Necron Khameron Dynasty

Ancient android systems pulse with obscene power, ready to party like its 1998.

A bit of a ramble today, feel free to skim to the photos.

The Necrons first appeared in White Dwarf 217, January 1998.  The previous issue had a teaser on the back page…

Note the mention of the planet “Angelis” there, the Imperial designation for the planet that would be desolated by the impact of an Ork Hulk and become known to the surviving inhabitants as “Gorkamorka”.

The first White Dwarf of 1998 properly introduced the faction, with some fun, intentionally vague, Twilight Zone style background about the enigmatic, new robo-skeleton force hassling the Imperium.

(thanks to macharianthunderguard for the image)

Like street drugs, the first Necron was free… resistance was futile.


I rapidly painted and poorly photographed that single Necron warrior, along with some other similar figs and more recent Necrons, back in 2012.

There he is. You can see that the aul’ fella has had a base upgrade in that photo.  His colleagues have had similar treatment since the photo was taken.

It was 2018 before I got around to painting any more Necrons, a selection of which can be seen here. I also painted a number of Terminator Miniatures Game models that fit in well with the Necrons, which can be seen here.


Some toy soldier painters and gamers like to use figures from a specific era or manufacturer when putting together a force.  I see the appeal, but that approach isn’t something that interests me hugely.  The opposite tends to be true in fact: I enjoy mixing miniatures from all sorts of sources and uniting them with a colour scheme.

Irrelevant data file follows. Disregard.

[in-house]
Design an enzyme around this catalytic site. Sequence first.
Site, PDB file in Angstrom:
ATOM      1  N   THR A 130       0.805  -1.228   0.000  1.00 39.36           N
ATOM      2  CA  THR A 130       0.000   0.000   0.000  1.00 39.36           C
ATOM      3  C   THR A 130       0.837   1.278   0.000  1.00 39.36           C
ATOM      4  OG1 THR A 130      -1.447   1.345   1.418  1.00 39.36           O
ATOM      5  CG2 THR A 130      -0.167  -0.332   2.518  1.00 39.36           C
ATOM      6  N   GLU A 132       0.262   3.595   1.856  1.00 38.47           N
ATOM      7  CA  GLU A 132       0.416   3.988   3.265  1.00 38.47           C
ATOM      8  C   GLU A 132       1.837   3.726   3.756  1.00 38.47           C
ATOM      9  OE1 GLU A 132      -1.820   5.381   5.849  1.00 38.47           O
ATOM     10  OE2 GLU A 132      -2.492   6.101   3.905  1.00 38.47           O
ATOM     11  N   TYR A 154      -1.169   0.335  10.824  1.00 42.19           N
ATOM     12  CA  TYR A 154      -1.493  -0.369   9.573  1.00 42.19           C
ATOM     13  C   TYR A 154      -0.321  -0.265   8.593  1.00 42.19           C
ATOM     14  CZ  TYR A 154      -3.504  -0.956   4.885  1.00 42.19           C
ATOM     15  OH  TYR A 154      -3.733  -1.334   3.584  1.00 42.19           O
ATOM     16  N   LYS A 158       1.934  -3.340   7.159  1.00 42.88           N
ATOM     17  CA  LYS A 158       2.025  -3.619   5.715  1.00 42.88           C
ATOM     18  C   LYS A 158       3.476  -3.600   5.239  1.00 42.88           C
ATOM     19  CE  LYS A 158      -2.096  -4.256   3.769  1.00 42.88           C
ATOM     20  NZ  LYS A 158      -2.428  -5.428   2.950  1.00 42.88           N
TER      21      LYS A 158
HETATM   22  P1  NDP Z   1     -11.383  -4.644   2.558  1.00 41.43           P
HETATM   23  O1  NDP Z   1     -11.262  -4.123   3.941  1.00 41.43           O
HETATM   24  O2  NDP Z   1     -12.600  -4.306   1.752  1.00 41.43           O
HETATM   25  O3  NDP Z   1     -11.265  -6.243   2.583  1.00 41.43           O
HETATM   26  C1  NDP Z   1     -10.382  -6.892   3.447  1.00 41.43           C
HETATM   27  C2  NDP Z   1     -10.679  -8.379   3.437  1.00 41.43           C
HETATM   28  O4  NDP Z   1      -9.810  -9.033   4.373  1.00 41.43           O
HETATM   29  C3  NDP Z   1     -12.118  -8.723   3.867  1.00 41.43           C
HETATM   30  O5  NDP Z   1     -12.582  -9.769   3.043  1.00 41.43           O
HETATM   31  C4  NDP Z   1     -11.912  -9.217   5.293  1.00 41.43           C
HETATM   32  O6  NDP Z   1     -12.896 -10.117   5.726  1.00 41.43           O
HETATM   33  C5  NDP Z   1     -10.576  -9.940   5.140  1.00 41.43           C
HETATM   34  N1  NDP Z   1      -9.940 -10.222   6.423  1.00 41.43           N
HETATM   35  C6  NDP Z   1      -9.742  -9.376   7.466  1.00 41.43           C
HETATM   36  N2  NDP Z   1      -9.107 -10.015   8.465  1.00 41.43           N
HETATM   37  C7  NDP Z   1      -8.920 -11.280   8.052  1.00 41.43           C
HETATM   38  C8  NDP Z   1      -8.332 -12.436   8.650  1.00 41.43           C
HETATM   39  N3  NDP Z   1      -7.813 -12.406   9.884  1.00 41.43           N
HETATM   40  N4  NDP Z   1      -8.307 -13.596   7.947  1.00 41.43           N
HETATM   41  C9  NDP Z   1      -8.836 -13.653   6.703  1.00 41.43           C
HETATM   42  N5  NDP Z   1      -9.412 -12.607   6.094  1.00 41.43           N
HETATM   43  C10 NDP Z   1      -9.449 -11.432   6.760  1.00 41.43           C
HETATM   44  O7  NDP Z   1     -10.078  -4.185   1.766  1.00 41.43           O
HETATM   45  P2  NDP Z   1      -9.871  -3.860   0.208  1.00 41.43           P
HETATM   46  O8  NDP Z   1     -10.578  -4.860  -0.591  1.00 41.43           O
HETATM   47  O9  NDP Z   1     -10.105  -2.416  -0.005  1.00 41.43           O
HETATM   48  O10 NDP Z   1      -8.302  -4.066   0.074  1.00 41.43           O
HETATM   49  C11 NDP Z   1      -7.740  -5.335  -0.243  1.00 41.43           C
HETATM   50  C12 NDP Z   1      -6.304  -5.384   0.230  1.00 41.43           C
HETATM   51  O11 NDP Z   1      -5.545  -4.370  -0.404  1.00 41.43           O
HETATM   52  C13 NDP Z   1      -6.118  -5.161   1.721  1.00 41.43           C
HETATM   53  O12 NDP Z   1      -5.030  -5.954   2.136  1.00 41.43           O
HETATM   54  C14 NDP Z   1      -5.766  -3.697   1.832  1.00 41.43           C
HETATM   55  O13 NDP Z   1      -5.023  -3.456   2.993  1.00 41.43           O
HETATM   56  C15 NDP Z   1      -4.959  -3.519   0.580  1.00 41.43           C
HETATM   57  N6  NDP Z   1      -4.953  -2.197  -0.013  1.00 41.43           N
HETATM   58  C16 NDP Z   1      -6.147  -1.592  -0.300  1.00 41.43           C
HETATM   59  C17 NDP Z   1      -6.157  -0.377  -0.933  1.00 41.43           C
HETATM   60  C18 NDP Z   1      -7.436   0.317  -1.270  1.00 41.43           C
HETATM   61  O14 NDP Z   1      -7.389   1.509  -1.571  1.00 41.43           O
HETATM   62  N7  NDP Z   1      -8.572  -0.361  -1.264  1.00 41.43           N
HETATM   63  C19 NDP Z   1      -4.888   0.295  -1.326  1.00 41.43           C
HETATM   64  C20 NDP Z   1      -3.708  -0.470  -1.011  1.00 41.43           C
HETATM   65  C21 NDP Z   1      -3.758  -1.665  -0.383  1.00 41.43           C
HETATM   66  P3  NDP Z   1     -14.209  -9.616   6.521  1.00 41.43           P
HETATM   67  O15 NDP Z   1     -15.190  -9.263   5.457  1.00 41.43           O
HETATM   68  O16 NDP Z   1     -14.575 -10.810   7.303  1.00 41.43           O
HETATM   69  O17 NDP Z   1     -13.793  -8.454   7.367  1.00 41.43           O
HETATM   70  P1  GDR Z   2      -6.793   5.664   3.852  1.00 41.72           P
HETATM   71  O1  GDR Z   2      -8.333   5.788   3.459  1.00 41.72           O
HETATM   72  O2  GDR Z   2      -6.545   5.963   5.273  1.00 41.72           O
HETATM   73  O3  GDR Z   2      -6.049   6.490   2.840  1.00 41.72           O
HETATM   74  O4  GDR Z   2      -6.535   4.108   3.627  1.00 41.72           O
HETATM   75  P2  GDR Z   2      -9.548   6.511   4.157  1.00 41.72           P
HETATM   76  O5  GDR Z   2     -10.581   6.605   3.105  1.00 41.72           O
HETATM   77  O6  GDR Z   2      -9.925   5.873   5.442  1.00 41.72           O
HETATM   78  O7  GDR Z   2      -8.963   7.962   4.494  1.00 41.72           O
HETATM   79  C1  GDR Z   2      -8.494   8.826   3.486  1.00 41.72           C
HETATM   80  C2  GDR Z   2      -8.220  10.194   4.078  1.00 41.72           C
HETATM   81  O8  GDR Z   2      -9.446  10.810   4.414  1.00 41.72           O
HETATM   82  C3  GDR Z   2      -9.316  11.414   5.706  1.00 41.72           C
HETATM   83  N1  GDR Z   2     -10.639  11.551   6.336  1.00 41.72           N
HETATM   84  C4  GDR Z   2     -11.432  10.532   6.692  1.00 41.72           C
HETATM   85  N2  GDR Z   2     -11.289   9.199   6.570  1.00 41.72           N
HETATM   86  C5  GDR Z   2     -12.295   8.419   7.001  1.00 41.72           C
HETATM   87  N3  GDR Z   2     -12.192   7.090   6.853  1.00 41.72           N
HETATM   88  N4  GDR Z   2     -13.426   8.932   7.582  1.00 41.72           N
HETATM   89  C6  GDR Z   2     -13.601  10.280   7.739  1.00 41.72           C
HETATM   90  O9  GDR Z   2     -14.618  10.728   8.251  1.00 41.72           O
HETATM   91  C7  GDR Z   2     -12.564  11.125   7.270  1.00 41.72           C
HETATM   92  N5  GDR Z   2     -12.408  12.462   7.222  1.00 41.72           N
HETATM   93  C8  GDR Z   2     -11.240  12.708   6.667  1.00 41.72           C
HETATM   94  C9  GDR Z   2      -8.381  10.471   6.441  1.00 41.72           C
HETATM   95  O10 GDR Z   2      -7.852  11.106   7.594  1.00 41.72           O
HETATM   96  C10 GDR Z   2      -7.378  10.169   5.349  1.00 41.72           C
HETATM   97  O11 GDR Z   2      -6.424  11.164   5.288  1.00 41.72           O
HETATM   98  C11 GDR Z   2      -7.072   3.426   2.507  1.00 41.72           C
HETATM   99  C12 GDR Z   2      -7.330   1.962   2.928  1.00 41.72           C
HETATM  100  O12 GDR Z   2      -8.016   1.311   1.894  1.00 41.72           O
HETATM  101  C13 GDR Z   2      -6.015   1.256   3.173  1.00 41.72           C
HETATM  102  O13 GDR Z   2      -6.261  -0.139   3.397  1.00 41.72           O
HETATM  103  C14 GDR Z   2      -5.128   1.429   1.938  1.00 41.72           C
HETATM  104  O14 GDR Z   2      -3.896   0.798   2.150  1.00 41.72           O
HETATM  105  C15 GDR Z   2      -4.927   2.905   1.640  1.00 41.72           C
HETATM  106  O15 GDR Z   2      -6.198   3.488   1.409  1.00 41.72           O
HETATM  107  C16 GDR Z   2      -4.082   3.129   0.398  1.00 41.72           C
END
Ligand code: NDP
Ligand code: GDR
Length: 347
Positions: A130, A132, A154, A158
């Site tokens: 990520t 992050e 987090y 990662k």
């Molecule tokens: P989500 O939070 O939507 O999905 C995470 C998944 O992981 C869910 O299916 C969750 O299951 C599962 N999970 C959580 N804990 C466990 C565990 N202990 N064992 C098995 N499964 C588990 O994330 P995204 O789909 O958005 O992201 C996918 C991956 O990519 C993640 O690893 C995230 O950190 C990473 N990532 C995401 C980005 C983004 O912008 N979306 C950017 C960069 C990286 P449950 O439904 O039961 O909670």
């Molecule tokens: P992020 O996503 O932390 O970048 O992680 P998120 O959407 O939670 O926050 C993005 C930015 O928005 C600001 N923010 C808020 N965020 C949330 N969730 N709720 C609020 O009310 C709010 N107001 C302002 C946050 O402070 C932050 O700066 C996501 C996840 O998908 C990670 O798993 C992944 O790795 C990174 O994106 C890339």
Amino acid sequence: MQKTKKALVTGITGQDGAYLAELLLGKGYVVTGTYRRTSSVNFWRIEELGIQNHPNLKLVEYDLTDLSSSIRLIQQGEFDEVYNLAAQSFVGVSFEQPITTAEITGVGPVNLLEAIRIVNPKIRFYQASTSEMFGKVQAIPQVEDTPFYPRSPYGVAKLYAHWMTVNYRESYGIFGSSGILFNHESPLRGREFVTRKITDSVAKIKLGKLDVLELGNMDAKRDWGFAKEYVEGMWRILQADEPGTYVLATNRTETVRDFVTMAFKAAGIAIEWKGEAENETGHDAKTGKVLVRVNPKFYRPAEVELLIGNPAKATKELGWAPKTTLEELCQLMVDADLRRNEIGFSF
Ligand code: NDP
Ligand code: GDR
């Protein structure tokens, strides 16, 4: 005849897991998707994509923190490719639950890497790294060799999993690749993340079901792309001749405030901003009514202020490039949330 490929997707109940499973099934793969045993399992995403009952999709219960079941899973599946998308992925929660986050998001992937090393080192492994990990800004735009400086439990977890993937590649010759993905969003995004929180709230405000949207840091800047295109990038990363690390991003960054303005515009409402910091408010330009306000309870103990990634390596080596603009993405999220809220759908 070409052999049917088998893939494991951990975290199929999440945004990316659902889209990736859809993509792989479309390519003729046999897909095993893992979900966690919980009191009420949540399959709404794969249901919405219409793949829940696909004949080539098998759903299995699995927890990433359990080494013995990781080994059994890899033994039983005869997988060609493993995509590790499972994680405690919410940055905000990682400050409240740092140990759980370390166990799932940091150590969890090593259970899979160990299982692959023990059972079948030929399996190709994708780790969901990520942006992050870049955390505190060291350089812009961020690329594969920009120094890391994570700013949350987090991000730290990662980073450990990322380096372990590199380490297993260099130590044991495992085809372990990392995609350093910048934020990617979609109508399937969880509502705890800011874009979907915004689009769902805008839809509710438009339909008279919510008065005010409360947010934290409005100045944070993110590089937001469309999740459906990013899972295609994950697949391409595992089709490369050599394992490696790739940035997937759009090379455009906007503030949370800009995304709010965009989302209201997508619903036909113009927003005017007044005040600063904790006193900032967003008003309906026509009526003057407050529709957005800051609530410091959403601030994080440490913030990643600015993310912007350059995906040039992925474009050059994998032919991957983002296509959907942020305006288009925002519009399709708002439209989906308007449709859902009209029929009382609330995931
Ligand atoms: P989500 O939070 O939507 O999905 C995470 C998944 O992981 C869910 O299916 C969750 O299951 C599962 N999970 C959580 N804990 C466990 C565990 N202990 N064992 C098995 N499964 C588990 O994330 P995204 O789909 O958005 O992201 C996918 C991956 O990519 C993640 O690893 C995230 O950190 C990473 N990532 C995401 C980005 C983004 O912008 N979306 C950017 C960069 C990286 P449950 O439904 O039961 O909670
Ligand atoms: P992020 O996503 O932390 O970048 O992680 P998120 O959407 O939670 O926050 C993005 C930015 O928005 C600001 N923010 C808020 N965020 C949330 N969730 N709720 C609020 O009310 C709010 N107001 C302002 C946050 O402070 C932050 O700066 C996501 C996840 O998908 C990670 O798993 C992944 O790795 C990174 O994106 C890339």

Other Dangerous Aliens
Image from Warhammer 40,000 third edition, 1998.

The Necrons were conspicuously absent from the 3rd edition 40k rulebook, I assume because they were still really in development, rather than a complete concept. The completely redesigned miniature range was released in 2002 (IIRC…better check that) so I expect that with the length of development time on these things by the time the 3rd edition rulebook went to print, it was already known that the original range was going to be revise, but the much discussed image above made it into the 3rd ed rulebook.

As much as I like the lean, “modern” Necron design, released in 2002 and extrapolated upon since, the retro, man-in-suit, 1970s TV, pulp villain look of the originals really does appeal to me too.  So I decided to make a 1998 style Necron force and use them as a subset of my full Necron force.

Around the time that I picked up the extra metal Necrons, I made a plan to play a retro game of 40k second edition with Tears of Envy at the “Bring Out Your Lead” event in Nottingham last summer.  We settled on playing some small Necron vs Eldar games of 2nd edition 40k.

The “Galactic Species of the Eon” award ceremony was ruined by poor behaviour.

I’m not a particularly big fan of 2nd ed 40k (3rd is my favourite, for what it’s worth), but I do know a lot of the rules back-to-front from playing Necromunda back then.  That makes it a  straightforward choice for focus on the entertainment, rather than getting bogged down in minutia.  It’s also appropriately retro for an event like BOYL.